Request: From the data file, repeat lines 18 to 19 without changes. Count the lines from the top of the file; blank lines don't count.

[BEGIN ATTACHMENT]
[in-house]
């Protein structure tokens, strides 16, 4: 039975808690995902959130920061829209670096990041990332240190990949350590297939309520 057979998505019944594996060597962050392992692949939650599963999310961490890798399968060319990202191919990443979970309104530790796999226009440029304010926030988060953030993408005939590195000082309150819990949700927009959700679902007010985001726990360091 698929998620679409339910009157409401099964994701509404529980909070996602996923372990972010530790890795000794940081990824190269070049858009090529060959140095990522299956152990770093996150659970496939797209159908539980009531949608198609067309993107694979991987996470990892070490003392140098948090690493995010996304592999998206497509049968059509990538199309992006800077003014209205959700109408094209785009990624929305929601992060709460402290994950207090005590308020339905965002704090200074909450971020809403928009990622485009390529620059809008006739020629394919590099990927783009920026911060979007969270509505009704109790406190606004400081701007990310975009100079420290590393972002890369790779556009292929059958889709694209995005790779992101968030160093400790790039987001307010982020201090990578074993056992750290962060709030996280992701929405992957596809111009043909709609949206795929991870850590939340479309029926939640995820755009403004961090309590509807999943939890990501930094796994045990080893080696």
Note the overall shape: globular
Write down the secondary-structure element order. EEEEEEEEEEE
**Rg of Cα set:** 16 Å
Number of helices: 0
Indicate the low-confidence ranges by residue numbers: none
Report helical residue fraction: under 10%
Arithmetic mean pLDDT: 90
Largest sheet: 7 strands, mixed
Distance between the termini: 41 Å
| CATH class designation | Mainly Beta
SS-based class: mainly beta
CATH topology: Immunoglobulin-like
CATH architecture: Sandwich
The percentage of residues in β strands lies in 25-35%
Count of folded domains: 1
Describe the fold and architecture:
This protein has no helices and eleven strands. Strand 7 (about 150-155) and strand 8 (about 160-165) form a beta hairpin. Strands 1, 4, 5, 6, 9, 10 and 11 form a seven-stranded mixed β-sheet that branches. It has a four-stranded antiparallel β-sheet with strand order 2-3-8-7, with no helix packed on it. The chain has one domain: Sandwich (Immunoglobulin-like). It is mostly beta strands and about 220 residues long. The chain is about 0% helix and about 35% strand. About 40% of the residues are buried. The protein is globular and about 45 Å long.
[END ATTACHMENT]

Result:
Describe the fold and architecture:
This protein has no helices and eleven strands. Strand 7 (about 150-155) and strand 8 (about 160-165) form a beta hairpin. Strands 1, 4, 5, 6, 9, 10 and 11 form a seven-stranded mixed β-sheet that branches. It has a four-stranded antiparallel β-sheet with strand order 2-3-8-7, with no helix packed on it. The chain has one domain: Sandwich (Immunoglobulin-like). It is mostly beta strands and about 220 residues long. The chain is about 0% helix and about 35% strand. About 40% of the residues are buried. The protein is globular and about 45 Å long.